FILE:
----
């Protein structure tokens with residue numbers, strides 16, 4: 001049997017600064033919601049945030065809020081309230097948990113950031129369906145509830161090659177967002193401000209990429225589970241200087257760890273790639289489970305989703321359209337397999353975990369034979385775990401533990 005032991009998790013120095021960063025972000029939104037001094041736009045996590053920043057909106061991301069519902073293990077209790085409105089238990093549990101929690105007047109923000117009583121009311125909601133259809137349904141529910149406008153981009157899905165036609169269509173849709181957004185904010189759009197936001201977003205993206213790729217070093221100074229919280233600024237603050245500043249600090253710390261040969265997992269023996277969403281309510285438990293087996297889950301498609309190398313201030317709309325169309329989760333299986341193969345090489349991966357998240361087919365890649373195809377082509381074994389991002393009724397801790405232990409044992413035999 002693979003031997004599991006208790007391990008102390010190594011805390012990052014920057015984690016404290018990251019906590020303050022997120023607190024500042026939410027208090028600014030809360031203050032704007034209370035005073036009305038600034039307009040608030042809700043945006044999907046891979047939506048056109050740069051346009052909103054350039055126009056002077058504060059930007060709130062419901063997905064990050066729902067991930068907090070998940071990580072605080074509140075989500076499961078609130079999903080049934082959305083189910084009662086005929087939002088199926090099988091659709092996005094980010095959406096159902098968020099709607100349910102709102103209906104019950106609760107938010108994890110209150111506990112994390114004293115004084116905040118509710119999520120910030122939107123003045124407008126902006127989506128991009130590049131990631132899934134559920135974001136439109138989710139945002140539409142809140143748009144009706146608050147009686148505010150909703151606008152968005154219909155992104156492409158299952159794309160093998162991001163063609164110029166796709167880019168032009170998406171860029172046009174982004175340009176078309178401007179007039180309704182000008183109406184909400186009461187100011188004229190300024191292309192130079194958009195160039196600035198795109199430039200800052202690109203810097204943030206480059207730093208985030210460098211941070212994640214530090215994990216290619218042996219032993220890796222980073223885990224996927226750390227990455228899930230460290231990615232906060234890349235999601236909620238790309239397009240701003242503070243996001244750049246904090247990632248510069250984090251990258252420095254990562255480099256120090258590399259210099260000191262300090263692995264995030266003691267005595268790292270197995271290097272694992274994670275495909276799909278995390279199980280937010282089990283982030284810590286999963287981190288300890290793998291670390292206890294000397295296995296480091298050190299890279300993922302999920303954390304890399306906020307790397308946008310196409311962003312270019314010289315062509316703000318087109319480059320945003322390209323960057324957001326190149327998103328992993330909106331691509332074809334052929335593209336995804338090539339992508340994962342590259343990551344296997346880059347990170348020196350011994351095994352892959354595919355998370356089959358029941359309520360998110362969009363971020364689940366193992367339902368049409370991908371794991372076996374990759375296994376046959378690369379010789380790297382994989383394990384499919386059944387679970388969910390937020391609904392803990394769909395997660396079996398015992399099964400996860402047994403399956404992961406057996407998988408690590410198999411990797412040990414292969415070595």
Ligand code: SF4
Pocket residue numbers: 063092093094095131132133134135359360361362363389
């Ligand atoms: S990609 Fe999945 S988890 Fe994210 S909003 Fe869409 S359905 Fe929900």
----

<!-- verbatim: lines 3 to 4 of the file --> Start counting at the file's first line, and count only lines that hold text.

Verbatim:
Pocket residue numbers: 063092093094095131132133134135359360361362363389
């Ligand atoms: S990609 Fe999945 S988890 Fe994210 S909003 Fe869409 S359905 Fe929900």